Caring for a family member with dementia is extremely stressful, contributes to psychiatric and physical illness among caregivers, and increases the risk for caregiver death. Finding better ways to support family caregivers is a major public health challenge. To test the effects of a structured multicomponent intervention on quality of life and clinical depression in caregivers and on rates of institutional placement of care recipients in 3 diverse racial or ethnic groups. Randomized, controlled trial. In-home caregivers in 5 U.S. cities. 212 Hispanic or Latino, 219 white or Caucasian, and 211 black or African-American caregivers and their care recipients with Alzheimer disease or related disorders. Caregivers within each racial or ethnic group were randomly assigned to an intervention or to a control group. The intervention addressed caregiver depression, burden, self-care, and social support and care recipient problem behaviors through 12 in-home and telephone sessions over 6 months. Caregivers in the control group received 2 brief "check-in" telephone calls during the 6-month intervention. The primary outcome was a quality-of-life indicator comprising measures of 6-month caregiver depression, burden, self-care, and social support and care recipient problem behaviors. Secondary outcomes were caregiver clinical depression and institutional placement of the care recipient at 6 months. Hispanic or Latino and white or Caucasian caregivers in the intervention group experienced significantly greater improvement in quality of life than those in the control group (P < 0.001 and P = 0.037, respectively). Black or African-American spouse caregivers also improved significantly more (P = 0.003). Prevalence of clinical depression was lower among caregivers in the intervention group (12.6% vs. 22.7%; P = 0.001). There were no statistically significant differences in institutionalization at 6 months. The study used only a single 6-month follow-up assessment, combined heterogeneous cultures and ethnicities into a single group, and excluded some ethnic groups. A structured multicomponent intervention adapted to individual risk profiles can increase the quality of life of ethnically diverse dementia caregivers. ClinicalTrials.gov identifier: NCT00177489.
              • Record: found
              • Abstract: found
              • Article: not found

              A controlled study of respite service for caregivers of Alzheimer's patients.

              After a baseline interview of 642 caregivers of aged Alzheimer's disease victims, half were offered formal respite care. Over 12 months, families with respite care maintained their impaired relative significantly longer in the community (22 days). Although respite was ineffective for caregiver burden and mental health, satisfaction was very high. Although not a strong intervention, respite care can increase caregivers' quality of life.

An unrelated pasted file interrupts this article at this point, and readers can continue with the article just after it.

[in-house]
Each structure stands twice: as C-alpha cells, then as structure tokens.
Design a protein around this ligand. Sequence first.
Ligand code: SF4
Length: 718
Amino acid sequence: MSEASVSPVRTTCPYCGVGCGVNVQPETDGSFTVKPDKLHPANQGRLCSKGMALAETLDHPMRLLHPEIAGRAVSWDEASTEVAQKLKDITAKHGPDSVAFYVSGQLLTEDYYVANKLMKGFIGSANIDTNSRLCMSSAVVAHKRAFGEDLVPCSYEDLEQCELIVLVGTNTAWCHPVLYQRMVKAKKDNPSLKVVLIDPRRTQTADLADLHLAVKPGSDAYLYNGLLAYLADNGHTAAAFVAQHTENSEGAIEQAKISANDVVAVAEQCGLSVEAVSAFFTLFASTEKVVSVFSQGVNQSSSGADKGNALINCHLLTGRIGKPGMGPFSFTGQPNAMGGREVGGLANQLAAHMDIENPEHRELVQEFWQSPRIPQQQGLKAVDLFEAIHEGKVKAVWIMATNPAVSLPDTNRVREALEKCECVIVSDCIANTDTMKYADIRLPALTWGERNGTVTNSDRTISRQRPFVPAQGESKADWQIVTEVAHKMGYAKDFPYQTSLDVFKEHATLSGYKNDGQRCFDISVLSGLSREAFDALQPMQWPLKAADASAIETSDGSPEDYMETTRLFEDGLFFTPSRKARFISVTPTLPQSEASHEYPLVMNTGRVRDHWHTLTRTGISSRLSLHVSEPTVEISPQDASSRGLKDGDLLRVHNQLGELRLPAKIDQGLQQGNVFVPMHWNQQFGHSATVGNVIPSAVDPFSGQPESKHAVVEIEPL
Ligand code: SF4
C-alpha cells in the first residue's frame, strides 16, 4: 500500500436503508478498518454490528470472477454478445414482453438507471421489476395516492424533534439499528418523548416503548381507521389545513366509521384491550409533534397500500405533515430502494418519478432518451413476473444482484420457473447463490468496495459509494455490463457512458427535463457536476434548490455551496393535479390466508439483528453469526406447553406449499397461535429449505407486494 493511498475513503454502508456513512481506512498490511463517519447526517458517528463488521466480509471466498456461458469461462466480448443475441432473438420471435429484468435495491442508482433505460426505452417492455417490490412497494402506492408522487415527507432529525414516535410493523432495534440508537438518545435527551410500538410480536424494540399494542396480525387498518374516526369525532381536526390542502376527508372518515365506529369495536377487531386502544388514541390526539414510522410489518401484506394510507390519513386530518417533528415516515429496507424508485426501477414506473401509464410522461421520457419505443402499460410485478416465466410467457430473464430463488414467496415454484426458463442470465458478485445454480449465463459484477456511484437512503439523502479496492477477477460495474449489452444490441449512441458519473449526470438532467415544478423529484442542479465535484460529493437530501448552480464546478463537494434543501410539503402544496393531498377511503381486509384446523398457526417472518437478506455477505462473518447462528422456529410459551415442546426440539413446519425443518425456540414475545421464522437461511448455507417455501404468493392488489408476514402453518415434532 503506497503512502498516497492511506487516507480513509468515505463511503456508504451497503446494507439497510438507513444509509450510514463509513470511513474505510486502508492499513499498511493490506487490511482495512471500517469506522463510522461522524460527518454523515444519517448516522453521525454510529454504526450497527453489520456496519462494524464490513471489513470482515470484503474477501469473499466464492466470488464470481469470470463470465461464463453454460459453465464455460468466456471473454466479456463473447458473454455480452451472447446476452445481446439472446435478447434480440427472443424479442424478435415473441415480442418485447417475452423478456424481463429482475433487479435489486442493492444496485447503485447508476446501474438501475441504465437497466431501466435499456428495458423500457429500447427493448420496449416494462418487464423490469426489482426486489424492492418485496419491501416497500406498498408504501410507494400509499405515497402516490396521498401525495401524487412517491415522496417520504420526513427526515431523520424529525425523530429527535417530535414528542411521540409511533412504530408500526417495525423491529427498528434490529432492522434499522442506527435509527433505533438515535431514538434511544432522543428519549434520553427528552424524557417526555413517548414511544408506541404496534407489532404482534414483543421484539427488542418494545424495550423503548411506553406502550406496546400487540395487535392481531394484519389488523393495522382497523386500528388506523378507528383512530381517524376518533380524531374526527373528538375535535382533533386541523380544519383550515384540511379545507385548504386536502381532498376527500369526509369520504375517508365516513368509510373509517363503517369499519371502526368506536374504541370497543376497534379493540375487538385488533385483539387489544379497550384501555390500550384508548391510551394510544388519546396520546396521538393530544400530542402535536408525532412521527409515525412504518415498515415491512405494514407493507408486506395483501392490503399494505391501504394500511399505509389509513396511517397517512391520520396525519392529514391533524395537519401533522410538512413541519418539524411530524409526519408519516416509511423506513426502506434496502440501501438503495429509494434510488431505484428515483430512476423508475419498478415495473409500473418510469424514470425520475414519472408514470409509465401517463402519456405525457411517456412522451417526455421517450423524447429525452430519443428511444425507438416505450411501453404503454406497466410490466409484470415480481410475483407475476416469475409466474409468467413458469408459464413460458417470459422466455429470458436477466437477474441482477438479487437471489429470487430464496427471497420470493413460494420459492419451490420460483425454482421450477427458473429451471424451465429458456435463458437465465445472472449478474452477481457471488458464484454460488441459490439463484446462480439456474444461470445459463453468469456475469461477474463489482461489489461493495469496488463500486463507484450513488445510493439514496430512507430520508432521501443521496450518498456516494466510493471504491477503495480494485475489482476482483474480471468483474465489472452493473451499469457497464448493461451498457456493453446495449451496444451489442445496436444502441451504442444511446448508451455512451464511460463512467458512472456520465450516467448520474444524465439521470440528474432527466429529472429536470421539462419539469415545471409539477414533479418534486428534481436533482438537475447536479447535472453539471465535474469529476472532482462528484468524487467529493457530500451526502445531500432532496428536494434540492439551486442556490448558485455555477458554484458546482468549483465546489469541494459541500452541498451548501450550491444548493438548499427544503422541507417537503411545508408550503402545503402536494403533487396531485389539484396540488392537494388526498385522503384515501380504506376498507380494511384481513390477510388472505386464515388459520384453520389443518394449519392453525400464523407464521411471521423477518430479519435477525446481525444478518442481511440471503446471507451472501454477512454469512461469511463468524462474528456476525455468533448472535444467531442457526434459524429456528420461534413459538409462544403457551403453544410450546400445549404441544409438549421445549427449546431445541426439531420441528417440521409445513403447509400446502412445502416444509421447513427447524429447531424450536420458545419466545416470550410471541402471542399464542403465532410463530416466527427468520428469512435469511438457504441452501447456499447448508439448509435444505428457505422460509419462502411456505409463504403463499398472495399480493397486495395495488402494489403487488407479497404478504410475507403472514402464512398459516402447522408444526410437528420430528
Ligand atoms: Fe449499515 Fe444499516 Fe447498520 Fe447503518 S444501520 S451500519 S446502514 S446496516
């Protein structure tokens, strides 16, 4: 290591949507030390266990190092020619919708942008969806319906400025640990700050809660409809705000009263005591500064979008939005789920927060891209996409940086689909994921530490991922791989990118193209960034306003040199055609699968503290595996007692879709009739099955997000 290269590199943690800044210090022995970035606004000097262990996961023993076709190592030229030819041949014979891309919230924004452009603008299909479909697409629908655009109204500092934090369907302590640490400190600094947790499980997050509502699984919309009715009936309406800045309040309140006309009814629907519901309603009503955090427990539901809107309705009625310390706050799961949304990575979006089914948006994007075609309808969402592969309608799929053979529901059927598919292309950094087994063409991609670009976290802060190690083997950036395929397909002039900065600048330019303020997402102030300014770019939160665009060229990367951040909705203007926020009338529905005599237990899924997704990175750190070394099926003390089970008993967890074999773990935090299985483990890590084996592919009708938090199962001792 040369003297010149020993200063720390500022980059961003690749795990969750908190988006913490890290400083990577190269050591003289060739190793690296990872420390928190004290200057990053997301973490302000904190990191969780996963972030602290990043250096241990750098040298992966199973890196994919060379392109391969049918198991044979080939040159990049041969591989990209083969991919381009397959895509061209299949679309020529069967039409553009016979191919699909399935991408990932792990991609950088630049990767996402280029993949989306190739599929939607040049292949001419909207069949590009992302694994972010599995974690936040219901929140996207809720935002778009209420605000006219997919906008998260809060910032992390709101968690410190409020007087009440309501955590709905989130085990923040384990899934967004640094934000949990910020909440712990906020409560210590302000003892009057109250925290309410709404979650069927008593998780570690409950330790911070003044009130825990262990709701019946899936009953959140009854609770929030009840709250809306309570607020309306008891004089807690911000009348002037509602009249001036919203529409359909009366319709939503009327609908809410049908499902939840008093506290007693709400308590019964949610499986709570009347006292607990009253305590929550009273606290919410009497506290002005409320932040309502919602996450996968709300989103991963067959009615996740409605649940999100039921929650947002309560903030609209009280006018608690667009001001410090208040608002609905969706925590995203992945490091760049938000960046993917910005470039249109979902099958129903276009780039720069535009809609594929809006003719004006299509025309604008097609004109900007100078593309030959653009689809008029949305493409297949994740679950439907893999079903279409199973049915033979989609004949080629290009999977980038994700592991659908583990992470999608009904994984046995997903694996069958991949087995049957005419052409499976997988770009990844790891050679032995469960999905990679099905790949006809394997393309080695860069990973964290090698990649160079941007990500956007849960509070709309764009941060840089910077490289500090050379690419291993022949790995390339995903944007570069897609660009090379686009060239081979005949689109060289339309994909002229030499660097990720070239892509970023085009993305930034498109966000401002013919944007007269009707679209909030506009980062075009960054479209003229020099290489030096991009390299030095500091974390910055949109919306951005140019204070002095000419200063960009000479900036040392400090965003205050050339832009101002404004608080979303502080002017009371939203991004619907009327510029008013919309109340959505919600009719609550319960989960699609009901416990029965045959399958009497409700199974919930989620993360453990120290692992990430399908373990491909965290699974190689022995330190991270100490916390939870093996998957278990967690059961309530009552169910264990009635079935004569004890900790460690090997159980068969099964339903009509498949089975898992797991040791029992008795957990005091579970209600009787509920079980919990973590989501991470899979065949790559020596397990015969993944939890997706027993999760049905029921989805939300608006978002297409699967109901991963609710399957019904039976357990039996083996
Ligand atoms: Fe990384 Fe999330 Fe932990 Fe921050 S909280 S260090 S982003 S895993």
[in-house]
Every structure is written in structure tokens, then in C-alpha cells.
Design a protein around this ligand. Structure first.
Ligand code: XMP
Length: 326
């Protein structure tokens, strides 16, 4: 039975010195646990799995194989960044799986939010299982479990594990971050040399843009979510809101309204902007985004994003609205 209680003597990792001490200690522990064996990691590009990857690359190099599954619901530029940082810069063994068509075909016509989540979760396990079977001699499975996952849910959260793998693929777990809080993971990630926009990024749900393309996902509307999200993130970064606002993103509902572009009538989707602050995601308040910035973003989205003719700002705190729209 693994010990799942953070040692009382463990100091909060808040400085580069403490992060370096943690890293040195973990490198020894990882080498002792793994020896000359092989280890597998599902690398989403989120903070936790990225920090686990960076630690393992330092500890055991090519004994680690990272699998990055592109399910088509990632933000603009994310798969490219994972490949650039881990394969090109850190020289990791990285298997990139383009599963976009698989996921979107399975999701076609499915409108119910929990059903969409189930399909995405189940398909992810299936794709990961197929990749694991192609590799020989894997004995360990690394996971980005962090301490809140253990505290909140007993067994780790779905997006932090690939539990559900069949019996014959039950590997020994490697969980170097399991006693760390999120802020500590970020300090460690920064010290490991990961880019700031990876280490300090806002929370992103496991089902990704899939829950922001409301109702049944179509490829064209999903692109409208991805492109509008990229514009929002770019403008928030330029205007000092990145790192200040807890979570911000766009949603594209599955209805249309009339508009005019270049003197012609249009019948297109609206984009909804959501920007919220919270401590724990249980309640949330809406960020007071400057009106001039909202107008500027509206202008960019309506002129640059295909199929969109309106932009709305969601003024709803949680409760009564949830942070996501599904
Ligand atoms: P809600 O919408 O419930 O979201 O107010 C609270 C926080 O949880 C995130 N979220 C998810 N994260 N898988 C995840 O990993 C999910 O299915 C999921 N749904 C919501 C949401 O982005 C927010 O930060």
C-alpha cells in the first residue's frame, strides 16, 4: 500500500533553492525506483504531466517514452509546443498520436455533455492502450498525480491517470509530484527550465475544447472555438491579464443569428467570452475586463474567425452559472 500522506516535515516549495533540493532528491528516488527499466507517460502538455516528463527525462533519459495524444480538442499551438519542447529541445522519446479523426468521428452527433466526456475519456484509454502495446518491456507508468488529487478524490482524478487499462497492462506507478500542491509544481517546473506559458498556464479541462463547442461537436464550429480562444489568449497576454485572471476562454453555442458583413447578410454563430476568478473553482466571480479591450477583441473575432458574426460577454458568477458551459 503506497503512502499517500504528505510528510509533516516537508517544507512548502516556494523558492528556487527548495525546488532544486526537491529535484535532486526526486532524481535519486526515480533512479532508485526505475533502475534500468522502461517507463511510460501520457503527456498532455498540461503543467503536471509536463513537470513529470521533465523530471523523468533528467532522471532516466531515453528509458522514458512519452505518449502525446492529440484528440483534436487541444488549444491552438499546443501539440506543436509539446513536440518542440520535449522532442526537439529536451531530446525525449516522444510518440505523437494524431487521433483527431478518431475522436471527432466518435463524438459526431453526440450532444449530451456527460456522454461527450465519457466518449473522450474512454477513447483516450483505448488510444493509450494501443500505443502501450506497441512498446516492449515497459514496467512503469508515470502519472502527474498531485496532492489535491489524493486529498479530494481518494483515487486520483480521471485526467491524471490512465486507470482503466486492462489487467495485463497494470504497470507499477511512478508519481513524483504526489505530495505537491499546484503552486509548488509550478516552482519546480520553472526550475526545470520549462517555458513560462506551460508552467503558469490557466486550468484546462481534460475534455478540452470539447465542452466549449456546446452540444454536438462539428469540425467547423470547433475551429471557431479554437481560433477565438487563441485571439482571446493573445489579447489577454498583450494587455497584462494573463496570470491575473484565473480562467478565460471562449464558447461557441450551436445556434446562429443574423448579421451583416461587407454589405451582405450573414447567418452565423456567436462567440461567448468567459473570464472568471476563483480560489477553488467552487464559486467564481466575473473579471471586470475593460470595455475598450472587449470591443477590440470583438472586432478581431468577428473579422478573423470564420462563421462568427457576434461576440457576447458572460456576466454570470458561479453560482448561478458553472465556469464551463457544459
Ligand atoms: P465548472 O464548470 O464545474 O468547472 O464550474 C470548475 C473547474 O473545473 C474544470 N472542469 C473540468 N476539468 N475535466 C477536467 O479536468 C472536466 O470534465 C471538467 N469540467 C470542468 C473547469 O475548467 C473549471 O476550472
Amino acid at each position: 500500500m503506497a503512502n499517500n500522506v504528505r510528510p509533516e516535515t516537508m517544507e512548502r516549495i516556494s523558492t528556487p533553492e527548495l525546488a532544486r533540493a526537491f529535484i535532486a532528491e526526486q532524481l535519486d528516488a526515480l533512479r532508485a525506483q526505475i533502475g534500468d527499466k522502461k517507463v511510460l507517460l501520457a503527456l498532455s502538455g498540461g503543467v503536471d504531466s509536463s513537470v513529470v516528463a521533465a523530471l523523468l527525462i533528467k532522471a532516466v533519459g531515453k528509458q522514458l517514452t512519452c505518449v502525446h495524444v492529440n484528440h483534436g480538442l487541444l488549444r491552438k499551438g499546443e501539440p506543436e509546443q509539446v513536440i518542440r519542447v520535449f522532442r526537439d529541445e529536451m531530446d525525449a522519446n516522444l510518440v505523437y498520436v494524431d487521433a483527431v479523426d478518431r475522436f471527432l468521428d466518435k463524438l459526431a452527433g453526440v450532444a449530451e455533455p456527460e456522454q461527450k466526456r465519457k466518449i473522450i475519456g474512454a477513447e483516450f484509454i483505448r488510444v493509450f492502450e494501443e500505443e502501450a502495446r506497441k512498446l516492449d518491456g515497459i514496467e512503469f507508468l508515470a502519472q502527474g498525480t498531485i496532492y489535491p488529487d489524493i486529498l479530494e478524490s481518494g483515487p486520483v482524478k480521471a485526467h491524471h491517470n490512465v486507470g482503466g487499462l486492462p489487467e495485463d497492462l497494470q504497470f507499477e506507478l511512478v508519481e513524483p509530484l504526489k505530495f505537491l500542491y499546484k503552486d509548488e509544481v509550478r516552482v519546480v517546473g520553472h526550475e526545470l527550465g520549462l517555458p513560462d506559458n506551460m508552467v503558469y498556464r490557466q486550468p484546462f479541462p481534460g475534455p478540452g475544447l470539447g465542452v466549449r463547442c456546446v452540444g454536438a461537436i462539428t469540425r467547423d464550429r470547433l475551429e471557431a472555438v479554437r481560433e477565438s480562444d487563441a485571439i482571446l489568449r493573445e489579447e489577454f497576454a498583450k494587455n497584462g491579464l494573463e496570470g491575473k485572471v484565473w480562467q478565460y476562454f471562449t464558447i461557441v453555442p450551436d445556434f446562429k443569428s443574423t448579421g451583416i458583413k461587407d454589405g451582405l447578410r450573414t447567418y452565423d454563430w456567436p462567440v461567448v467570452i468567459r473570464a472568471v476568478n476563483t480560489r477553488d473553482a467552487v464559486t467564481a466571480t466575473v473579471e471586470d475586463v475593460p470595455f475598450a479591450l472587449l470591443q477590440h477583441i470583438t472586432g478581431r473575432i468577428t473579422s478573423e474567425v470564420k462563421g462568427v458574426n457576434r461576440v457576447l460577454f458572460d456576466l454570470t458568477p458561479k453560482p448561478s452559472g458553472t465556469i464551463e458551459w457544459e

Author and article information

                Role: Editor
                PLoS One
                PLoS ONE
                PLoS ONE
                Public Library of Science (San Francisco, USA )
                2 August 2012
                : 7
                : 8
                [1 ]Department of General Practice and the EMGO Institute for Health and Care Research, VU University Medical Center, Amsterdam, The Netherlands
                [2 ]Department of Neurology, Alzheimer Center, VU University Medical Center, Amsterdam, The Netherlands
                [3 ]Department of Epidemiology and Biostatistics, EMGO Institute for Health and Health Care Research, VU University Medical Center, Amsterdam, The Netherlands
                [4 ]Medical Psychology, Slotervaart Hospital, Amsterdam, The Netherlands
                Federal University of Rio de Janeiro, Brazil
                Author notes

                Competing Interests: The authors have declared that no competing interests exist.

                Conceived and designed the experiments: KJJ HPJvH HWJvM. Performed the experiments: KJJ. Analyzed the data: KJJ PMvdV. Wrote the paper: KJJ HWJvM HPJvH HEvdH BAA PMvdV PS.


                This is an open-access article distributed under the terms of the Creative Commons Attribution License, which permits unrestricted use, distribution, and reproduction in any medium, provided the original author and source are credited.

                Page count
                Pages: 7
                Funding for this study was provided by the Netherlands Organization for Health Research and Development (ZonMw), grant number 62300040 ( www.zonmw.nl). The funders had no role in study design, data collection and analysis, decision to publish, or preparation of the manuscript.
                Research Article
                Diagnostic Medicine
                Epidemiology of Aging
                Long-Term Care
                Non-Clinical Medicine
                Health Care Policy
                Elderly Care
                Long-Term Care
                Health Care Providers
                Social and Behavioral Sciences
                Psychological Stress



                Comment on this article

                Similar content 221

                Cited by 9

                Most referenced authors 598